The quadruple axel (4A) is possible and here’s why…

As the US Figure Skating Championships begin later this week in Kansas City, Missouri, much interest will be devoted to 17-year-old Nathan Chen after his dazzling display of three different quadruples (two toes, a lutz and flip) in his gold medal long program in the Senior Grand Prix Final in Marseille, France last month. Will Chen do it again? Will he add the quad salchow, which those in the figure skating community know he can do and make it five? How far off is he from a long program full of quadruple jumps?

In fact, several Icenetwork articles have discussed this subject with many of the greats of our sport. Even Chen himself commented when asked by a journalist about a quadruple axel, “The quad axel is not impossible; I’ve seen Max Aaron do a quad axel with a harness, and Yuzuru has a great triple axel, so maybe he can add one more rotation.” Even World and Olympic Champion Yuzuru Hanyu offered, “I’ll train it, and, if possible, I’ll include it in competition.”

Clearly, 2016 has been a landmark year for quads. Not since 2011, when 2009 US Silver Medalist and World Team member Brandon Mroz landed the first quad lutz has a new jump been landed in competition — and we have had two new jumps by two Japanese men: the flip by Shoma Uno and the loop by Yuzuru Hanyu. So naturally, it begs the question when will a man land a quad axel?

To put it in perspective, the 4A is worth 15 points if landed, roughly 1/5 of the average men’s technical element score for the long program (75 pts.) and a little less than half of the average men’s TES for the short program (35 pts). With a fall (-3) but actually four points off, the 4A is still worth more than a landed 4S or 4T and almost as much as a 4Lo or 4F. Clearly, the International Skating Union has made it worth the risk.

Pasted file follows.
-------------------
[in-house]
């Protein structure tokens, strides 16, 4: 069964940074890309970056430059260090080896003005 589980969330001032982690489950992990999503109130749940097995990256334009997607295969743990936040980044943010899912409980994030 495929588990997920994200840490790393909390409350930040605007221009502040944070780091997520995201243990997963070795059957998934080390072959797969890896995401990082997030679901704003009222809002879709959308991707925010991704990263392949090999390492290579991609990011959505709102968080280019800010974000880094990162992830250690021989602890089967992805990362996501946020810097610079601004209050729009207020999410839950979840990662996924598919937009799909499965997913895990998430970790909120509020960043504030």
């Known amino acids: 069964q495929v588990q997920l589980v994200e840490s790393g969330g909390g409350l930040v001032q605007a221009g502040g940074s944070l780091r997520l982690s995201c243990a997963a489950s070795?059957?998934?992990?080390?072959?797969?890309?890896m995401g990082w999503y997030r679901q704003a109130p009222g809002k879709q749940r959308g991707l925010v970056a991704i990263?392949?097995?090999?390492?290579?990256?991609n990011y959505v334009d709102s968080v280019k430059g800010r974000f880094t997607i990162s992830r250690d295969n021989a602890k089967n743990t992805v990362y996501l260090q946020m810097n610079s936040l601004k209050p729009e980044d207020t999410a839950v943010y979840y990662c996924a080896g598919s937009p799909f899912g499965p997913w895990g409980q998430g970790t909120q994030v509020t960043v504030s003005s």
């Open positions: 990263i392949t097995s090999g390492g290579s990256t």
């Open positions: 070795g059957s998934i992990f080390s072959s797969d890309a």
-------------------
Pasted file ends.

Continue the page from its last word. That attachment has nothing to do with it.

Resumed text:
Videos of quad axel attempts in the pole harness can be found on the internet by Max Aaron and Australian Brendan Kerry. Even a doctored 4A video by Singapore’s Mark Leung has over 200,000 hits on YouTube. But probably the best attempt is by Russian Artur Dmitriev, Jr., whose father is two-time Olympic pair champion of the same name — off the pole — and clearly with enough rotation all on his own.

Having coached Mroz to his achievement, I watched as he managed not only the lutz, but the loop and flip and toe on a daily basis for about one month in the late summer of 2011 (he never landed the sal though he would occasionally try it). I remember being in the audience at the NHK press conference when he was asked how he did it and he spoke about wanting to learn all of the quads like he had learned all of the triples. In fact, Brandon and I had many conversations about learning them all — even the axel — especially on days when his 3A was feeling easy and floating and the timing was effortless — because as he always said and I paraphrase, “I never thought I wouldn’t learn all of my triples just because everyone told me triples were harder than doubles, so one day I thought why not apply the same mentality to quads?”

Having worked the past two years with Max Aaron for brief periods of time on the 4A and watching 2015 World Team member Josh Farris resume performing his beautiful 3A which flies effortlessly through the air, I definitely think it’s possible and will surely happen someday. During the last month I have been helping 16-year-old Vincent Zhou with many of his quadruples and there are days when I can see “it” in his 3A. As soon as he is stronger to achieve a bit more airtime, the timing, technique and super tight rotating position are already there — as is the desire! Even though it took 10 years between Kurt Browning’s first 4T and Timothy Goebel’s first 4S and then 13 years before Mroz did the lutz, it has taken only 5 years for the loop and flip to be landed. Now that those barriers have been broken, it is only a matter of time before the 4A is achieved. In the meantime, skating fans all over the world will be waiting for the day when the 4A is landed in competition and quintuples are added to the ISU scale of values.